Christopher Tunnard (2018) Christopher (Rusty) Tunnard, Professor of Practice of International Business, is the former Hitachi Fellow for Technology and International Affairs at The Fletcher School and a Senior Fellow in the Center for Emerging Markets.  He is also an independent management consultant and a Visiting Professor at HHL- The Leipzig Graduate School of Management.  He has spent more than thirty years in international business and management consulting, and he is a recognized expert on innovation and technology-led change in the international communications, travel, and financial service industries.  he has successfully led board-level strategy assignments for some of the world's most respected companies and for many government ministries in Europe, Asia, Africa and the United States.  professor Tunnard's dissertation focused on the use of technology in the formation of resistance networks in Serbia in the 1990s.  As part of his doctorial research on communications technology and new media, he joined the growing group of practitioners that studies all kinds of networks and their impact on public and private organizations.  Currently, he is examining the roles that social networks and social media can play in building up institutions and civil society in countries where they have been used effectively in bringing down long-time democratic dictatorships.  Tunnard holds MA, MALD, and PhD degrees from The Fletcher School, and he received his A.B from Harvard.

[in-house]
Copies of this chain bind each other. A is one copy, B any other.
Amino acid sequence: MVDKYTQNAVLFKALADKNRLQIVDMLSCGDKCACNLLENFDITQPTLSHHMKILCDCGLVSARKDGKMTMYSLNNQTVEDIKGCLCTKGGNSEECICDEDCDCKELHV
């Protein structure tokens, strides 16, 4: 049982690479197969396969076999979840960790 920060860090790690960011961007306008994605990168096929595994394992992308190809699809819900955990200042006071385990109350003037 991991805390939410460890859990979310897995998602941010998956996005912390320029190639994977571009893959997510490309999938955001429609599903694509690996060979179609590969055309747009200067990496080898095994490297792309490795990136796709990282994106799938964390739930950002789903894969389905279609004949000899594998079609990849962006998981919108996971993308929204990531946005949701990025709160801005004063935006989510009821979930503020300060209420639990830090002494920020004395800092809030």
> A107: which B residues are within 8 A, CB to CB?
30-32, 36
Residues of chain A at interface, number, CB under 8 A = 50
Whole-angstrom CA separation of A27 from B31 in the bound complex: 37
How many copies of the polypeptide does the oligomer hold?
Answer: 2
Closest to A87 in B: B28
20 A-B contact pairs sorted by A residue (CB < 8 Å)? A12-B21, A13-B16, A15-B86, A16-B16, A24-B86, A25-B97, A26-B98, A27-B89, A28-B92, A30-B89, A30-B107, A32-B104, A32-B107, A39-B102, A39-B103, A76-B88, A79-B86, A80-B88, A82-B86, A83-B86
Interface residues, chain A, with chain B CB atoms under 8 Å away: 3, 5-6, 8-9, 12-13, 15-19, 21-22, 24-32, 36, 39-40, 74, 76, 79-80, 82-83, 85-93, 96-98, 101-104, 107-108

Kristen Boone (2018) is a faculty member in the Humanities Department and Sophomore Grade Level Chair at Church Farm School in Exton, PA.  She has taught Modern Global History, Anthropology and Human Rights and Revolutions in her five years at CFS.  Kristen has a B.A. in Anthropology from Indiana University of Pennsylvania and an M.Ed. in Secondary Education from Holy Family University.  She is also an alumna of the National Consortium for Teaching About Asia where she continues to participate in ongoing seminars about current world events.  Kristen had the opportunity to participate in a study tour of Japan in the summer of 2016 to learn about peach relations between Japan and the United States post WWII.  Outside the classroom Kristen sponsors the CFS National Honor Society, community service program, Japanese Culture Club and Yearbook.